- January to March
- April to June
- July to September
Medicare Advantage Open Enrollment Period (OEP)
During the Medicare Advantage OEP, only those who are currently enrolled in the Medicare Advantage plan can make changes.
- You can switch to another Medicare Advantage plan
- You can drop your Medicare Advantage plan and switch to Original Medicare (Part A and B) and enroll in a Medicare Prescription Drug plan (Part D)
Medicare Supplement (Medigap) Open Enrollment Period
If you are interested in purchasing Medicare Supplement (Medigap) to cover the 20% costs that Original Medicare doesn’t, this period is the best time to do it since a carrier cannot deny you coverage due to any pre-existing health conditions. This is a once in a lifetime window that allows you to enroll in any Medicare Supplement (Medigap) plan with a guaranteed issue without answering health questions.
It begins the month that you enroll in Part B and lasts for 6 months.For example, if your Part B starts on February 1st, then your Open Enrollment Period lasts until July 31st (the last day of the 6th month).
Keep in mind that this is not an annual period but rather it only happens once in a lifetime, unless you are collecting SSDI (Social Security Disability Income). If you are younger than 65 years old and getting Medicare due to disability, you will get two Medigap Open Enrollment Periods - when your Part B first becomes effective and when you turn 65. Other than that, you only get one shot, so make it count!
General Enrollment Period (GEP)
If you forgot to sign up for Medicare when you were first eligible and do not qualify for any Special Enrollment Periods (SEP), the Medicare General Enrollment Period is your chance to enroll in Original Medicare (Parts A & B). This period takes place from January 1 through March 31 of every year.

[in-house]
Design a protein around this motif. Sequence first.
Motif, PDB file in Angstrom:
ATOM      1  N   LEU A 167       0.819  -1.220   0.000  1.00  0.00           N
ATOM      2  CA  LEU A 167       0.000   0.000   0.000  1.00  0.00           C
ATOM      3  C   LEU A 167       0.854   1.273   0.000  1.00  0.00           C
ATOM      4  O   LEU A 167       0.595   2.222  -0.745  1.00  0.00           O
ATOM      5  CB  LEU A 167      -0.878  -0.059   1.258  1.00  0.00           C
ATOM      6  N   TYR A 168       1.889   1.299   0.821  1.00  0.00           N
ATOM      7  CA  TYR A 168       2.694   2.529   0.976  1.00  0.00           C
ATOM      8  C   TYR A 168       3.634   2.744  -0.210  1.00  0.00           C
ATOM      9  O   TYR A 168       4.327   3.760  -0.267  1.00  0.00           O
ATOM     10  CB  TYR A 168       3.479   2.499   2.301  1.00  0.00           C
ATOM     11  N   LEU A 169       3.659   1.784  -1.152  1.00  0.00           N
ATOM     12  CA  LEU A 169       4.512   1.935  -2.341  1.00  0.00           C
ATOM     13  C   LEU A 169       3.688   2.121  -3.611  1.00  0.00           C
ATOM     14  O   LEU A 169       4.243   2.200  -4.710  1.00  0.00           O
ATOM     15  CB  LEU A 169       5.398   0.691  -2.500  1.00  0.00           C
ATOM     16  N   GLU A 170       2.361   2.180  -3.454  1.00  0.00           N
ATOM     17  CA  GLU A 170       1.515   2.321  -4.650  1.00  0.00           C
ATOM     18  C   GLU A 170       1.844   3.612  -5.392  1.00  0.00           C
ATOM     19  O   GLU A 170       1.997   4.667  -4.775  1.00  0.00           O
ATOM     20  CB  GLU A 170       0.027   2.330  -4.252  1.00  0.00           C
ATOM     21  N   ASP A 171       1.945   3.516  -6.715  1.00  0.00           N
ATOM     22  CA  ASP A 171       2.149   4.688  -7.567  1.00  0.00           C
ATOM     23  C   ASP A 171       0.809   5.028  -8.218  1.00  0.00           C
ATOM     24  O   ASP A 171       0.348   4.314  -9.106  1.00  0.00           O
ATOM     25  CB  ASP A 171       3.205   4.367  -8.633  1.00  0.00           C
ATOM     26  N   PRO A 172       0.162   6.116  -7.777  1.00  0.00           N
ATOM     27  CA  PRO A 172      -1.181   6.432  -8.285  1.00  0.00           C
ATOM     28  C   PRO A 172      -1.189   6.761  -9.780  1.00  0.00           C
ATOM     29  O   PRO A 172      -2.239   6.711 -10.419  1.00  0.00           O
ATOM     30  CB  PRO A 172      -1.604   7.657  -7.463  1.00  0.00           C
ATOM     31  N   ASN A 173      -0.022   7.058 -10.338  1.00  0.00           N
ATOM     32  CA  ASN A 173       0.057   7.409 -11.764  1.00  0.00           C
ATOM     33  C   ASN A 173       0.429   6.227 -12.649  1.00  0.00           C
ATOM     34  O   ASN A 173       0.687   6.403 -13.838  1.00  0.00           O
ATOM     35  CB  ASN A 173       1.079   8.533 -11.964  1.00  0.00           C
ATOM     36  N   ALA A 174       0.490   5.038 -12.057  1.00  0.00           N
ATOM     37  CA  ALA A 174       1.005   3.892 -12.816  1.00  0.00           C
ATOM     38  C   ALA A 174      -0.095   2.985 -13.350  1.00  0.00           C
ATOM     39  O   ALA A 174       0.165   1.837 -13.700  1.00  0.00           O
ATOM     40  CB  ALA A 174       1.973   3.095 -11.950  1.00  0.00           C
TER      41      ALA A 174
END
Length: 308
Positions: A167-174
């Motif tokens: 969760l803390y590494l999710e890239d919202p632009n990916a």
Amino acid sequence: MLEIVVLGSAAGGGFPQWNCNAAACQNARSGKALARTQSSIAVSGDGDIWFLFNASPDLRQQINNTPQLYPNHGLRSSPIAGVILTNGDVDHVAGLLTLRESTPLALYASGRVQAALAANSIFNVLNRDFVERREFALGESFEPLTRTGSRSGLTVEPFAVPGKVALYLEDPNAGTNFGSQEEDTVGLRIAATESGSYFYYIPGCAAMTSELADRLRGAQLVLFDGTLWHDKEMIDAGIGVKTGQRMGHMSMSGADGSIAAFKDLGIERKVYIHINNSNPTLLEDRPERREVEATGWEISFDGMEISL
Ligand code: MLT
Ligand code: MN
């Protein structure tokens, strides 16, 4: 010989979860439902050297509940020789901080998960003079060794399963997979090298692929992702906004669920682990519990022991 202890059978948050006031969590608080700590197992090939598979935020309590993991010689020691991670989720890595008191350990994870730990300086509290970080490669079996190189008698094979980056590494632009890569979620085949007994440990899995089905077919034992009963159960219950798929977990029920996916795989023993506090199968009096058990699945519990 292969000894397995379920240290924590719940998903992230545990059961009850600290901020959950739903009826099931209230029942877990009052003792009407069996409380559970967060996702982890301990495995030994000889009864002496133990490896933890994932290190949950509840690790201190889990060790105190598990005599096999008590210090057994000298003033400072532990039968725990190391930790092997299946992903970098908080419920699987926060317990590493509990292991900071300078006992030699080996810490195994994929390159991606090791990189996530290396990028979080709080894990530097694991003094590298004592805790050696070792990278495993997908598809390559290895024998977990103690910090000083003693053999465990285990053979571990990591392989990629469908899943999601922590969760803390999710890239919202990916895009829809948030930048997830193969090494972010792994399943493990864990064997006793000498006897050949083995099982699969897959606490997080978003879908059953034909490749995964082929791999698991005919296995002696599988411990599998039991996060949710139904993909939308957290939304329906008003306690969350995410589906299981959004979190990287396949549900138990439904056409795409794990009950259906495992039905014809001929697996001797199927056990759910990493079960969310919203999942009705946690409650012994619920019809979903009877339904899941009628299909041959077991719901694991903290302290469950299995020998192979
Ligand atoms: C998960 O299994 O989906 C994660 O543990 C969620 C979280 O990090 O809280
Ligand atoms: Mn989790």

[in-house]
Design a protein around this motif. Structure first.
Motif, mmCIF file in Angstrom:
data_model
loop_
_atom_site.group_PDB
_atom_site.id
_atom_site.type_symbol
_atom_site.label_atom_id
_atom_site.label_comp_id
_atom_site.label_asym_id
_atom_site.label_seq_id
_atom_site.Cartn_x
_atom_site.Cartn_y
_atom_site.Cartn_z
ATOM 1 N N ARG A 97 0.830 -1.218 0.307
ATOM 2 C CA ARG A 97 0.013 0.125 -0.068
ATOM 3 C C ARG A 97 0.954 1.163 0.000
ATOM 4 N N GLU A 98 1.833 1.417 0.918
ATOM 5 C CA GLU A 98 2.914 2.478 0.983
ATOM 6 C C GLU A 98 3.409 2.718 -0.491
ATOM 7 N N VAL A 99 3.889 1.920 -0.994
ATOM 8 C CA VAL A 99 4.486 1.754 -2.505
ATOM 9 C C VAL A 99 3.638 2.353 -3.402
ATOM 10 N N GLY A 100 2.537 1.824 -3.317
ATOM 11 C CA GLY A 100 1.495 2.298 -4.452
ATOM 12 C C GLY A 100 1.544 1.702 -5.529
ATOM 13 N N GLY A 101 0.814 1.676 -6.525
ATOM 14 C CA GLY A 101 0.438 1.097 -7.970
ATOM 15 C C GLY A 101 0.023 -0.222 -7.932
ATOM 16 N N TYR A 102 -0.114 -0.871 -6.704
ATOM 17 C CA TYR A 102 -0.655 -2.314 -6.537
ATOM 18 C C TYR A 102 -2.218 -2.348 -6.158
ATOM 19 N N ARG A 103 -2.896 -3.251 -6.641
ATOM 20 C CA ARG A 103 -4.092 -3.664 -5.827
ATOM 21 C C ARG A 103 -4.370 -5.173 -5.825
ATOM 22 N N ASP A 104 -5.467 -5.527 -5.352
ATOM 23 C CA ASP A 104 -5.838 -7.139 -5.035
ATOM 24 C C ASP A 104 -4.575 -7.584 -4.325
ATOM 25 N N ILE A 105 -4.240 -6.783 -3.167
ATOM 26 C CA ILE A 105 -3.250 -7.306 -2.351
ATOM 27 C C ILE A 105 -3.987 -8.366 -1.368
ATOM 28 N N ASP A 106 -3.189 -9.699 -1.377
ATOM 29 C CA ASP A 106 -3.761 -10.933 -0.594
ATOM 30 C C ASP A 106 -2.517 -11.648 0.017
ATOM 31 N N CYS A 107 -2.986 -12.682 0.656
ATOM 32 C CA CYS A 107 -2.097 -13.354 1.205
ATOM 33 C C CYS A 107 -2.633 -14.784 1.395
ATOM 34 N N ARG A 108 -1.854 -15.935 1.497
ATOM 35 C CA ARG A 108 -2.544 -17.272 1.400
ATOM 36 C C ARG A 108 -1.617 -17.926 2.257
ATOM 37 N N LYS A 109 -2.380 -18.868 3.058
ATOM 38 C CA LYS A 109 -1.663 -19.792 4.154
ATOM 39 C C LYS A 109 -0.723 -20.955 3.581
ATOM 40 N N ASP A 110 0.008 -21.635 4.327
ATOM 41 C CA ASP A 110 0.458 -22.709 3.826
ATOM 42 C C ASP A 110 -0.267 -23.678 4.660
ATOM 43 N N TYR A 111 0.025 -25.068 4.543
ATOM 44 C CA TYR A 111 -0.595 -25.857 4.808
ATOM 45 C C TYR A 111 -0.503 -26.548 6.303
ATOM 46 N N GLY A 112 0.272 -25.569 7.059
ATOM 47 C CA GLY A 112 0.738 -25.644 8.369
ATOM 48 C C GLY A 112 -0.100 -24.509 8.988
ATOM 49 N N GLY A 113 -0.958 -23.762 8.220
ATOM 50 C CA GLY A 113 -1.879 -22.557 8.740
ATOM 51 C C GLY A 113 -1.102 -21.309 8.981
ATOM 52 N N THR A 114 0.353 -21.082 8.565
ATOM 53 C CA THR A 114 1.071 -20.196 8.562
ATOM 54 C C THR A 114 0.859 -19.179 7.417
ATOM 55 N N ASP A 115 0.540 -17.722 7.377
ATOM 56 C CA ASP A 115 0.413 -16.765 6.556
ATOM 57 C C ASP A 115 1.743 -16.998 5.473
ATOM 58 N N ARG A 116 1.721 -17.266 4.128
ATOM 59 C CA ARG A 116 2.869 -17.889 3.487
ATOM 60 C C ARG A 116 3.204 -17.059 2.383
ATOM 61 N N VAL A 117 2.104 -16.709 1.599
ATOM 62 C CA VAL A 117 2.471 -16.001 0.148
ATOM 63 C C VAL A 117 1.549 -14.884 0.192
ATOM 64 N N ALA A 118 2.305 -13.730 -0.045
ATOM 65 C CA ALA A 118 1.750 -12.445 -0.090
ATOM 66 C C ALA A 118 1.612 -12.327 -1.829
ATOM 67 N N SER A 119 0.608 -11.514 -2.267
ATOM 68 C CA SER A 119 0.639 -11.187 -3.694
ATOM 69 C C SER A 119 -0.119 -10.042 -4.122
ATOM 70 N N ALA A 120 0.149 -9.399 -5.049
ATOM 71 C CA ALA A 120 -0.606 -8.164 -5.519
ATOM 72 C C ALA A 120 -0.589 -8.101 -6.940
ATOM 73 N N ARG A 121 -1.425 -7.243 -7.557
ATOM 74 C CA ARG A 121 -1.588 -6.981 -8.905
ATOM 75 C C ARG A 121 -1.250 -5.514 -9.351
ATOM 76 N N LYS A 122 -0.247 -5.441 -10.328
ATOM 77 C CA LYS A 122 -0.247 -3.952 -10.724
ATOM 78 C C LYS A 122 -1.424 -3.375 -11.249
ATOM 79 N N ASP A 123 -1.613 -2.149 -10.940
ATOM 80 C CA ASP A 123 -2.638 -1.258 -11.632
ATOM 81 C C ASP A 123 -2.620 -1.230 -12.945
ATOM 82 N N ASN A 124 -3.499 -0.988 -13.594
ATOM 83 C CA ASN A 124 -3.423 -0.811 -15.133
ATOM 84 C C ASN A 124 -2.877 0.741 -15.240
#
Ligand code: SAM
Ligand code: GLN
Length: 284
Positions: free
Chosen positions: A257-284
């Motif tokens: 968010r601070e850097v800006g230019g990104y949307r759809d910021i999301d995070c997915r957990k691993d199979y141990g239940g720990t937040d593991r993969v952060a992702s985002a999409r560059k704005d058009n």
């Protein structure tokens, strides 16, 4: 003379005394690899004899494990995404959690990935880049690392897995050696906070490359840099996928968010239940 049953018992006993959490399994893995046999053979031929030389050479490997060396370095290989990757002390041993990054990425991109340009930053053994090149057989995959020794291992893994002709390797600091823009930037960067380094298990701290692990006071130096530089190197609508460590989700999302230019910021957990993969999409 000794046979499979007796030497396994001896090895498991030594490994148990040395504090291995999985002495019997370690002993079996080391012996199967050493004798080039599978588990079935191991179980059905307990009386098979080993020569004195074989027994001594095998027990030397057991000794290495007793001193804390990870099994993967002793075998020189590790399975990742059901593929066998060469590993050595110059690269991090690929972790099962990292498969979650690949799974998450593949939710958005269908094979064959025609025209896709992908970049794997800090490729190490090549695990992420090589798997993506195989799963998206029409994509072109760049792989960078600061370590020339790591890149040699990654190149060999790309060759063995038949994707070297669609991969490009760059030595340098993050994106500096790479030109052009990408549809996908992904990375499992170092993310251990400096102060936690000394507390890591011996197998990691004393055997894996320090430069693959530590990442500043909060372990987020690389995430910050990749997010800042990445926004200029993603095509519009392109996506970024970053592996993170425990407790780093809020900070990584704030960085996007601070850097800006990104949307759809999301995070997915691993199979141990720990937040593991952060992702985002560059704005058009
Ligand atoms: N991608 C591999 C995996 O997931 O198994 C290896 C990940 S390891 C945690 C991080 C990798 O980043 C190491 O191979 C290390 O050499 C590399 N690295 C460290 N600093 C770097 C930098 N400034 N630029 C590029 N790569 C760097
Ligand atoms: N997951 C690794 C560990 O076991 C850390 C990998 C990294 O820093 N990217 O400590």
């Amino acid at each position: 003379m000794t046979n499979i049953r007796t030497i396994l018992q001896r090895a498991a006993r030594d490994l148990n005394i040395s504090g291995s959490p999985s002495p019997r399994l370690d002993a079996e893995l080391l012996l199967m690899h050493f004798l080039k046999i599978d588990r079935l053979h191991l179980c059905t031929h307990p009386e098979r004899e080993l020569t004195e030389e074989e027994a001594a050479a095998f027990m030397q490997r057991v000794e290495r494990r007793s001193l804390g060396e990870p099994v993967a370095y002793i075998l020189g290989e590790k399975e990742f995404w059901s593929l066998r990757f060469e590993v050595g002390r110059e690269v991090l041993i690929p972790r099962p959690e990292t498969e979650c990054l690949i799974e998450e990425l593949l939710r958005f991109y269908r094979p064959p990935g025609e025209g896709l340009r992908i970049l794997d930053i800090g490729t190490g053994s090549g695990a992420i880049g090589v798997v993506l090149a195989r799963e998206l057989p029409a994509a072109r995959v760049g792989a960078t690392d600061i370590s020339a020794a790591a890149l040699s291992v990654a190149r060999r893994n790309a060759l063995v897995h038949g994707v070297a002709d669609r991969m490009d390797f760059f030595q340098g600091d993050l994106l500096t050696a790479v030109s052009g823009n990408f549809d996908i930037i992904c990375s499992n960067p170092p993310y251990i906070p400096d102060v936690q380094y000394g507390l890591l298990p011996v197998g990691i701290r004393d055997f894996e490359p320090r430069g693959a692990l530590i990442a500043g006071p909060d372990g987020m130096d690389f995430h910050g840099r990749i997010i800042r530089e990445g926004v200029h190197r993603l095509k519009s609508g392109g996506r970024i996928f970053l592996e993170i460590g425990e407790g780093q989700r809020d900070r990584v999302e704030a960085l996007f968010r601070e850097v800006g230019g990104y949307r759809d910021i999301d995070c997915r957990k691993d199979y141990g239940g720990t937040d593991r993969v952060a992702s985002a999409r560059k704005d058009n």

When you enroll during GEP, your Medicare Part A and Part B will not begin until July 1 of that year, subjecting you to Part B late enrollment penalties and potentially leaving you without coverage for months.
If you get Medicare Part A and Part B for the first time during the General Enrollment Period, you can also join a Medicare drug plan or a Medicare Advantage plan from April 1 through June 30 and your coverage will not become active until July 1.
Remember, just like the Medicare Part B, there is a Part D late enrollment penalty if you don’t sign up when you first become eligible. To learn more about Part D late enrollment penalty, click here.
Frequently Asked Questions
No, you don’t have to. But keep in mind unless you have creditable insurance, for example an employer sponsored health coverage, you will incur a late enrollment penalty that unfortunately you can’t get rid of.
If you have Medicaid, you should sign up for Part B. Medicare will be your primary and your Medicaid will be your secondary. In many states, Medicaid may be able to help pay your Medicare out-of-pocket costs (like deductibles, coinsurances, copayments, and even premiums) depending on the type of Medicaid you are enrolled in.
No, withdrawing Social Security doesn’t make you eligible for Medicare. You must be 65 years old unless you have Amyotrophic Lateral Sclerosis (ALS) or End Stage Renal Disease (ESRD) or have been collecting Social Security Disability Income (SSDI) for at least 24 months.